Gov. Brian Sandoval sent the Legislature a relatively bold set of education reforms this year. But the Legislature, dominated by Democrats who have long treated the teacher unions as their most favored constituency, initially buried them all.
Then, last week, a state Supreme Court ruling that threw out a past state money grab created a $650 million hole in the governor’s budget.
The governor then indicated that he might be willing to extend some taxes that were scheduled to sunset this month if, in exchange, legislative Democrats would revive and enact some of his education reforms.
On Wednesday, lawmakers and the governor reached a budget deal — one that holds the line on spending while not imposing the slew of brand-new levies Democrats sought.
But on education reform the governor didn’t get much.
For instance, Gov. Sandoval sought one-year contracts for teachers, ending teacher tenure and requiring written evaluations of both beginning and veteran teachers.
Lawmakers agreed to extend the probationary period before a teacher receives tenure from one to three years. Administrators can now theoretically fire ineffective teachers, but only after three years of poor evaluations. And after two years of “below average” evaluations, a tenured teacher would go back on probationary status.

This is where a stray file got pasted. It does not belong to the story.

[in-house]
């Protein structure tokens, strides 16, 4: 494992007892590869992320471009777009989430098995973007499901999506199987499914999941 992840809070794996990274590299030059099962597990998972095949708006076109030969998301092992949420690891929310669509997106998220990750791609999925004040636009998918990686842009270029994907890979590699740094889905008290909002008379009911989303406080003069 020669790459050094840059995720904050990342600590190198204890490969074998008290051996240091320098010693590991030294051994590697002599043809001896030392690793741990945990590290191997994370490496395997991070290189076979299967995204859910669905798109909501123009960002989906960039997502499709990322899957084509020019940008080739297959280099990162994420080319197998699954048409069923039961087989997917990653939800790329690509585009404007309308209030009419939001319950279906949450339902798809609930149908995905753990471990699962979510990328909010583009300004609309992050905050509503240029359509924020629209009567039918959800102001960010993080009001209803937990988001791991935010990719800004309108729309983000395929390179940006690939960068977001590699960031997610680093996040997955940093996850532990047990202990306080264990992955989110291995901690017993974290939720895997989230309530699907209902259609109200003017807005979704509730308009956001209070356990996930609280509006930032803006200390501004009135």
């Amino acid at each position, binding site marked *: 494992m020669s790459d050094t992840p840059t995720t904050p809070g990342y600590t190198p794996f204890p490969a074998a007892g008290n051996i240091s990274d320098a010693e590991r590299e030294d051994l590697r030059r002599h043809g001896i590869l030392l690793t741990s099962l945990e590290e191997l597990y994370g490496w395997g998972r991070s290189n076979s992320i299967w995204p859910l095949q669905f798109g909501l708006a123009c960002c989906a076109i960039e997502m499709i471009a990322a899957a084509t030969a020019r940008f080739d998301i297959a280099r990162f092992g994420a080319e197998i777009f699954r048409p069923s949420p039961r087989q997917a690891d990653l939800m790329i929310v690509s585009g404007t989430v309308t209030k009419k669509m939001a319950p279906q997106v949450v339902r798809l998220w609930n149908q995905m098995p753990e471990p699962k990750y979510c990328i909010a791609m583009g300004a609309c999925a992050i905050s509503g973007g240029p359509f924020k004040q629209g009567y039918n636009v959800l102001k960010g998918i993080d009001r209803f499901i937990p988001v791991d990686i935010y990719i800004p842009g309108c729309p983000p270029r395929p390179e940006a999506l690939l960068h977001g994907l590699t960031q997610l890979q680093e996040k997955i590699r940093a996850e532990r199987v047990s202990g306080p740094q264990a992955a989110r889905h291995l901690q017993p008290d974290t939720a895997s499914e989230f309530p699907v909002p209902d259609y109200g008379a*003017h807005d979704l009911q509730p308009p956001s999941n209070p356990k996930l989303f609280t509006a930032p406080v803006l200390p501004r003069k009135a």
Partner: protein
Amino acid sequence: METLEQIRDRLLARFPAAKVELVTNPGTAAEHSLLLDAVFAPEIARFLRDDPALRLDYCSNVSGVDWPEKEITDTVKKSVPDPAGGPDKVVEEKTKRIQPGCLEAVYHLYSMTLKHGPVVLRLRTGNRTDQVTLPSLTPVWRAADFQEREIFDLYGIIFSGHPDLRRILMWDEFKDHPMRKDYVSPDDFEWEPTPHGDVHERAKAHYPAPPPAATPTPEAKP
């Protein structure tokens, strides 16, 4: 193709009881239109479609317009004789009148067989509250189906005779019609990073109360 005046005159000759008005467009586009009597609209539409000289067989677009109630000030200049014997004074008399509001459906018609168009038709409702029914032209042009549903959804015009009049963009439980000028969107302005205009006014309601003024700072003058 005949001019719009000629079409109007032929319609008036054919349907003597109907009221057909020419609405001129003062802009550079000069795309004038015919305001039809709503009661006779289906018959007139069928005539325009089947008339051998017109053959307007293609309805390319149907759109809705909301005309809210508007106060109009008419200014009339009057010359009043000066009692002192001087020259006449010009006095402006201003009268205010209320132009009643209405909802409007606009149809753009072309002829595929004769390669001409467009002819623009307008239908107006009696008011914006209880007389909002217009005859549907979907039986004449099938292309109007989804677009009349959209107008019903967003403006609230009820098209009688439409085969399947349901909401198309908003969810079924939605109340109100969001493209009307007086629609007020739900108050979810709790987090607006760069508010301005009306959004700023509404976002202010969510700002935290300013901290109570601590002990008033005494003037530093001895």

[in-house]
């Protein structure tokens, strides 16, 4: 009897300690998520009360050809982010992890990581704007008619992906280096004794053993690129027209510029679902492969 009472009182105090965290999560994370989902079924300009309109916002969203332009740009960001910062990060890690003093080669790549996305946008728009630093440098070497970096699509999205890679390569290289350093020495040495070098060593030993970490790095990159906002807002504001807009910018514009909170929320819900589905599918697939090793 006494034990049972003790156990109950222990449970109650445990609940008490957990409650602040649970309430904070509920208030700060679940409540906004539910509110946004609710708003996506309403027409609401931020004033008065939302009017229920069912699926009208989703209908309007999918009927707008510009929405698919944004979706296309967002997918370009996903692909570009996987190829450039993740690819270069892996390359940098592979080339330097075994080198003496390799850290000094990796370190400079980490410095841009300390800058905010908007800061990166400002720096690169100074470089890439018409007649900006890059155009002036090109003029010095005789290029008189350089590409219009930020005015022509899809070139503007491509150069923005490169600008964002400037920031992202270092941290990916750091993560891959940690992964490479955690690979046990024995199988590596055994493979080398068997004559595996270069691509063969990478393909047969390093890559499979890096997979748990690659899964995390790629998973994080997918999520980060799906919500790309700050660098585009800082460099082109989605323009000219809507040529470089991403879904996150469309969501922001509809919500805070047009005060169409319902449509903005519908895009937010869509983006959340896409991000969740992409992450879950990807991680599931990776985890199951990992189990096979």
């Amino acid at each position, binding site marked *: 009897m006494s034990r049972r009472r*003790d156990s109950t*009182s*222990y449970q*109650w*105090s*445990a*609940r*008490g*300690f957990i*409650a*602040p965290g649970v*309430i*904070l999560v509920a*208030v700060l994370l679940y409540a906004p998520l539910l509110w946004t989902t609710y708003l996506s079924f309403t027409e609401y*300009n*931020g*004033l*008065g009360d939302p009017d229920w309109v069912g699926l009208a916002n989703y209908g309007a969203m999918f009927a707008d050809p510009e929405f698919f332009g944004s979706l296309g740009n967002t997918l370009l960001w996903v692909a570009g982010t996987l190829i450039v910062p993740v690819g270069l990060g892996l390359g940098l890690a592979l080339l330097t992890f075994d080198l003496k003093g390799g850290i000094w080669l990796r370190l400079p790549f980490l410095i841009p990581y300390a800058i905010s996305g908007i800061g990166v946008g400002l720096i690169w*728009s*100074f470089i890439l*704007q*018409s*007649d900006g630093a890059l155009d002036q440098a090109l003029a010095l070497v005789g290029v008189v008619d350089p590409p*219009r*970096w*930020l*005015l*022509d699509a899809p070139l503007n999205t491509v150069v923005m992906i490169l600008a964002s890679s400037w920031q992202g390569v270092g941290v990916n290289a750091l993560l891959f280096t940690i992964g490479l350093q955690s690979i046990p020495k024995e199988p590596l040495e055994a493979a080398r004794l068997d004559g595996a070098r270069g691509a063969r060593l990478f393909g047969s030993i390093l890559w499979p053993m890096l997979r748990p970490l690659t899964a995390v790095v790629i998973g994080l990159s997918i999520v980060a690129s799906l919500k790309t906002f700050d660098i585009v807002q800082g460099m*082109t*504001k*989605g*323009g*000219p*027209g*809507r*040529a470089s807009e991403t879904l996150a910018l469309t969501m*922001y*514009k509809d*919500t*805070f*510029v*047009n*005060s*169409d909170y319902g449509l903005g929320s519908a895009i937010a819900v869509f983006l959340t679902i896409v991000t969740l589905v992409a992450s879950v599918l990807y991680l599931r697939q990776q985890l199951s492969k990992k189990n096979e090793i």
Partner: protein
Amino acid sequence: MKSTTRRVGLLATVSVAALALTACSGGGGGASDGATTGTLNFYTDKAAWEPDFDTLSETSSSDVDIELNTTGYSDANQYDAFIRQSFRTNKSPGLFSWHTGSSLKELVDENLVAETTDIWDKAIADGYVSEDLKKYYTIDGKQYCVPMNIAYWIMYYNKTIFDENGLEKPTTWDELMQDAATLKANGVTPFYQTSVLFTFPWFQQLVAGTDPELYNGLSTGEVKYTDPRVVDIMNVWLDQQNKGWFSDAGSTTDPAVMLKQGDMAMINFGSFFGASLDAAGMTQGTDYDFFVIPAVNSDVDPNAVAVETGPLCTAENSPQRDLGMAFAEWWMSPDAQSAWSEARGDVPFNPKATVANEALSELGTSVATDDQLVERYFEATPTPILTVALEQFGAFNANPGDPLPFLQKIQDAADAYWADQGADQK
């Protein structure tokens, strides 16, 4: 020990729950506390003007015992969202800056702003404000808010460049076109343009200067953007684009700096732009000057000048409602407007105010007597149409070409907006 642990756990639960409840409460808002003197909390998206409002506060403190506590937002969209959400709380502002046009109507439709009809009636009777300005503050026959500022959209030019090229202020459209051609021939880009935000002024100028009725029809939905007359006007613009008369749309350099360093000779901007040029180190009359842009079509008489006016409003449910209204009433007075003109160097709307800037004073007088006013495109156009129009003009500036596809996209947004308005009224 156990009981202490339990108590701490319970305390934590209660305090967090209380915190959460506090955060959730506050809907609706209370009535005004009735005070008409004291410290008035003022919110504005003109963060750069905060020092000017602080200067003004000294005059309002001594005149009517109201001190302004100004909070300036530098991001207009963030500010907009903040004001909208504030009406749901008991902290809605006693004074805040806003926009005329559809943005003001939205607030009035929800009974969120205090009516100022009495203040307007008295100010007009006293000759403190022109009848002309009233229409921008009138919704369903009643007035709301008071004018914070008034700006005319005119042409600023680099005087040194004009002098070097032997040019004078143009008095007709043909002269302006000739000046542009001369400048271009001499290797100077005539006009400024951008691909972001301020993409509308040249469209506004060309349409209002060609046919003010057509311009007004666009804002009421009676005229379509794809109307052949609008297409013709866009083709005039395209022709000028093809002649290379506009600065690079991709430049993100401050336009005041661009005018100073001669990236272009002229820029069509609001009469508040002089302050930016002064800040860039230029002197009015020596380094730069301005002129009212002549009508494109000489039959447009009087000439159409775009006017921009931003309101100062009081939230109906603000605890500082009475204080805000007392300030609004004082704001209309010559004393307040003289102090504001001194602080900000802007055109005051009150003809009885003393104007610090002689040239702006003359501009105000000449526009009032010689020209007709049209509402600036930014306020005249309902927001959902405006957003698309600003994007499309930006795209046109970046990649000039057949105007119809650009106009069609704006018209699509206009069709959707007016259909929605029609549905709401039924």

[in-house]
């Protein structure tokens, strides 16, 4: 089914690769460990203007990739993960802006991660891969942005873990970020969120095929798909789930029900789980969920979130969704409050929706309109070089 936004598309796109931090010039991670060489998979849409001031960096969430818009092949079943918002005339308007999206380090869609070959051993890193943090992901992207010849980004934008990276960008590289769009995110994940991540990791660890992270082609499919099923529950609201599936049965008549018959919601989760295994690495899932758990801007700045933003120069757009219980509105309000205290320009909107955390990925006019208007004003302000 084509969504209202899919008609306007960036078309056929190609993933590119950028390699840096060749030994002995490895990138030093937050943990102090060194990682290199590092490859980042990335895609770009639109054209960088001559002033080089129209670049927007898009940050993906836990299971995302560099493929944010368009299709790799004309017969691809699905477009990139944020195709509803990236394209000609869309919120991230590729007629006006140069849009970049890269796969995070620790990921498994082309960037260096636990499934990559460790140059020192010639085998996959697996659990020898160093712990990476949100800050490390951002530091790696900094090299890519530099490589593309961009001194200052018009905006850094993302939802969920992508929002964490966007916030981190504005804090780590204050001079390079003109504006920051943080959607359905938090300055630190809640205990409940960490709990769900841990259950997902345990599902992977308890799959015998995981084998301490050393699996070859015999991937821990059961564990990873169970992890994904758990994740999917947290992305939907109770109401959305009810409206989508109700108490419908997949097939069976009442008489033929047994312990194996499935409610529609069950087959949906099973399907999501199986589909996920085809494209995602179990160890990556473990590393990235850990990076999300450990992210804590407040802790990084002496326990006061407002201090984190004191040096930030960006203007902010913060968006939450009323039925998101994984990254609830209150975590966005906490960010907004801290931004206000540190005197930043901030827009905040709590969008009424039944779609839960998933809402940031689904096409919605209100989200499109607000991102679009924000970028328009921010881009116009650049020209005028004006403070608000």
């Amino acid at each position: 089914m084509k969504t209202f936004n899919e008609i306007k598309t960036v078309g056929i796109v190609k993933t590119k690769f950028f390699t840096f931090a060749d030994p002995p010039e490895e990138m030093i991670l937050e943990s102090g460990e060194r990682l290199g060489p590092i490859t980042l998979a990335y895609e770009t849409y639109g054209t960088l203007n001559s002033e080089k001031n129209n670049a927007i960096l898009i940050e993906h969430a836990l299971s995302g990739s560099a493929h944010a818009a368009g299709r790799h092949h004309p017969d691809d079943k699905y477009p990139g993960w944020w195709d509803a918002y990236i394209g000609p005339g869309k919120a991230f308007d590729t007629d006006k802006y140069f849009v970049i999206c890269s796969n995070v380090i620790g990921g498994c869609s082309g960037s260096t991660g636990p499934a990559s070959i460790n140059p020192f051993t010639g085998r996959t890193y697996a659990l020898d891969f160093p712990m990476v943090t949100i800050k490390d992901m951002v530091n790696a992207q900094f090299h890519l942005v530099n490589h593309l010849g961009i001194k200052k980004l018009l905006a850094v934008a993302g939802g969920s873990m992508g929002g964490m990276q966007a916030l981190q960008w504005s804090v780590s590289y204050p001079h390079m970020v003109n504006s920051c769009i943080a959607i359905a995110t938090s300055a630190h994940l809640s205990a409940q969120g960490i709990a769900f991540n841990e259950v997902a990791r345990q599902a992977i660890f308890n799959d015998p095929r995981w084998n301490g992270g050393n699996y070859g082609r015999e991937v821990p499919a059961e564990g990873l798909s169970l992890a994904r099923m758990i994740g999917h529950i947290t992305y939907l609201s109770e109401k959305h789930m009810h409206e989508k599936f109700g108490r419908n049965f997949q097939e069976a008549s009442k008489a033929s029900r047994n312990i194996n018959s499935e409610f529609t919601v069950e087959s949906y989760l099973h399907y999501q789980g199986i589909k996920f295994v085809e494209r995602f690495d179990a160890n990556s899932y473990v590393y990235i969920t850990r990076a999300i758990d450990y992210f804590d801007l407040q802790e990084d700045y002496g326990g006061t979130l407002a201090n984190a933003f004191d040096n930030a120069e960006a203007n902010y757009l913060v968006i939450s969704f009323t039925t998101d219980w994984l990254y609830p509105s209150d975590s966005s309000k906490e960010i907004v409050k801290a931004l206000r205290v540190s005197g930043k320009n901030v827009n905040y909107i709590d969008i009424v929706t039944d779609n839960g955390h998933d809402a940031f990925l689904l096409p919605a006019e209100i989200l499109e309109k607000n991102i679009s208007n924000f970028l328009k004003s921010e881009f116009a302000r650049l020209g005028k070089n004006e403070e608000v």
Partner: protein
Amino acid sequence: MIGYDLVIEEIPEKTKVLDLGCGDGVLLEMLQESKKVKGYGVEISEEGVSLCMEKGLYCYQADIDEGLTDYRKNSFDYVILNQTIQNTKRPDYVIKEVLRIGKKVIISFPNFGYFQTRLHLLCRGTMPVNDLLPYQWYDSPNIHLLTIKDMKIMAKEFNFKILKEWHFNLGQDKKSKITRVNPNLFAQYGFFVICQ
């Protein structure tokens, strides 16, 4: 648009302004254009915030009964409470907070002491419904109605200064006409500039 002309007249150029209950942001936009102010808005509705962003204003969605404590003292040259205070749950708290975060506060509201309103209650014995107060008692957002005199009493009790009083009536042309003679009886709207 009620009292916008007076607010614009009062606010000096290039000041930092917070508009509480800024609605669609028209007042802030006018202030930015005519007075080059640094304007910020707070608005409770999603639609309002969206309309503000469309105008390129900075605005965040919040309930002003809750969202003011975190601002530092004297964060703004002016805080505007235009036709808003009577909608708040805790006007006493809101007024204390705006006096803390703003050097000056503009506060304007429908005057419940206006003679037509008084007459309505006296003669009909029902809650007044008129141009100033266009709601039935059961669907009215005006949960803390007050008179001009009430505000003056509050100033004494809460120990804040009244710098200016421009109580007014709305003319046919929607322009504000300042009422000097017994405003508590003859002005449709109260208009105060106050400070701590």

That’s a lot of years of bad teaching.
The governor sought an end to “last in, first out” layoffs, which compel districts to retain their most senior teachers regardless of performance. He got half a loaf: The revised bill says other factors to be considered include performance evaluations, degrees (which have not been shown to correlate with student achievement) and disciplinary records.
This is a modicum of progress.
But plenty of the governor’s agenda ended up in the scrap heap, including:
— A constitutional amendment to allow vouchers.
— Ending social promotion by requiring students to pass a reading test to advance to the fourth grade.
— Requiring Nevada school districts to develop open enrollment policies.
– Requiring that at least 50 percent of written teacher evaluations be based on student achievement data.
— A merit pay pilot program.
— Block grants for schools, which would let them decide how to spend some money to boost achievement.
— Tearing down the state’s school governance structure, making members of the State Board of Education appointed rather than elected.
Gov. Sandoval, to his credit, sought bold reform and innovation. Legislative Democrats dug in their heels and fought to protect the status quo, regardless of what it does to the academic achievement of Nevada kids.
Can some of these reforms still be instituted at the local level? Let’s hope so. But Gov. Sandoval has plenty of work to do to make his vision for education a reality.